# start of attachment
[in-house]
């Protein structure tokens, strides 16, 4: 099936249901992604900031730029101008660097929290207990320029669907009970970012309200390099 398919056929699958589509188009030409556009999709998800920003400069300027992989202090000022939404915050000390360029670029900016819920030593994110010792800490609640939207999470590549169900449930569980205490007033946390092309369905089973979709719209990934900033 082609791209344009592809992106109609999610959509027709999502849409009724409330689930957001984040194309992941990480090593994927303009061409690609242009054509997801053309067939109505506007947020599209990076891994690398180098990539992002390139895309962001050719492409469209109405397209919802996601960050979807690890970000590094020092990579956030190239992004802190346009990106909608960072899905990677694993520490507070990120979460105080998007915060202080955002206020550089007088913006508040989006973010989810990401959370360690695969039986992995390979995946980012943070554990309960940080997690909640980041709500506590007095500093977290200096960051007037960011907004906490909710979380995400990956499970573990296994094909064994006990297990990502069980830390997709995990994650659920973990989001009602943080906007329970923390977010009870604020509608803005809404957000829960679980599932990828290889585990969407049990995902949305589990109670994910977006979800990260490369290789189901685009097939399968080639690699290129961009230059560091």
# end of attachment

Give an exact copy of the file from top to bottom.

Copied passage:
[in-house]
């Protein structure tokens, strides 16, 4: 099936249901992604900031730029101008660097929290207990320029669907009970970012309200390099 398919056929699958589509188009030409556009999709998800920003400069300027992989202090000022939404915050000390360029670029900016819920030593994110010792800490609640939207999470590549169900449930569980205490007033946390092309369905089973979709719209990934900033 082609791209344009592809992106109609999610959509027709999502849409009724409330689930957001984040194309992941990480090593994927303009061409690609242009054509997801053309067939109505506007947020599209990076891994690398180098990539992002390139895309962001050719492409469209109405397209919802996601960050979807690890970000590094020092990579956030190239992004802190346009990106909608960072899905990677694993520490507070990120979460105080998007915060202080955002206020550089007088913006508040989006973010989810990401959370360690695969039986992995390979995946980012943070554990309960940080997690909640980041709500506590007095500093977290200096960051007037960011907004906490909710979380995400990956499970573990296994094909064994006990297990990502069980830390997709995990994650659920973990989001009602943080906007329970923390977010009870604020509608803005809404957000829960679980599932990828290889585990969407049990995902949305589990109670994910977006979800990260490369290789189901685009097939399968080639690699290129961009230059560091």